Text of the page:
Too often we skip lightly past the weight of God’s hand of fatherly discipline. In Psalm 38, David does exactly the opposite – this penitential psalm is a startling and challenging description of a soul humbled by a searing vision of his own sinfulness. He realizes that in light of his wickedness, God would be entirely justified in forsaking him, but instead of quickly inserting a counterbalancing or comforting thought, he ends the psalm with a cry for help. David knows the sweet reality of forgiveness, but he also knows that forgiveness is sweeter when sin is taken seriously. So as you come to worship today, don’t rush as you prepare your heart for confession. When you are feeble and crushed, then groan to God for help.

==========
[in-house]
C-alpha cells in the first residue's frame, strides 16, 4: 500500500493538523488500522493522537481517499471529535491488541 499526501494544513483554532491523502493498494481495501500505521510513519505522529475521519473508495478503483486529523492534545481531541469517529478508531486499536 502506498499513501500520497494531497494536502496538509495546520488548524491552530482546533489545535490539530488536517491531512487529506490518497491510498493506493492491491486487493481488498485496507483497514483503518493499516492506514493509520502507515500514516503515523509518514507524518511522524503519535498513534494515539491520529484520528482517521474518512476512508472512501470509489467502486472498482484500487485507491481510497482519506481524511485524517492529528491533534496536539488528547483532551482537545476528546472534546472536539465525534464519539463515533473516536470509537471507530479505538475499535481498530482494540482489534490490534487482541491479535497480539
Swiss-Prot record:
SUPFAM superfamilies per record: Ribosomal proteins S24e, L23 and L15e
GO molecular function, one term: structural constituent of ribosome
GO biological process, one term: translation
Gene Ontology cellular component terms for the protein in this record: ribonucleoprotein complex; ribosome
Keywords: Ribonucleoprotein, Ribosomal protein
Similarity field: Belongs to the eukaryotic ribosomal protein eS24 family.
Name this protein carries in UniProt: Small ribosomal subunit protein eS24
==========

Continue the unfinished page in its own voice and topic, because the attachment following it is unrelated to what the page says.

- 3 of 5 stars to Kill Shot by Vince Flynn goodreads.com/review/show?id… 1 day ago
- 4 of 5 stars to The Great Good Thing by Andrew Klavan goodreads.com/review/show?id… 1 week ago
- RT @LutheranSatire: Here is Bernie Sanders in his own words. Or my words. Definitely one of those two, though. thefederalist.com/2017/06/13/sen… 1 week ago
- 4 of 5 stars to The Mark and the Void by Paul Murray goodreads.com/review/show?id… 1 week ago
- RT @MichaelRWear: After a couple of days of critiquing Sanders/Van Hollen, I want to share a few thoughts on what Christians can learn from… 2 weeks ago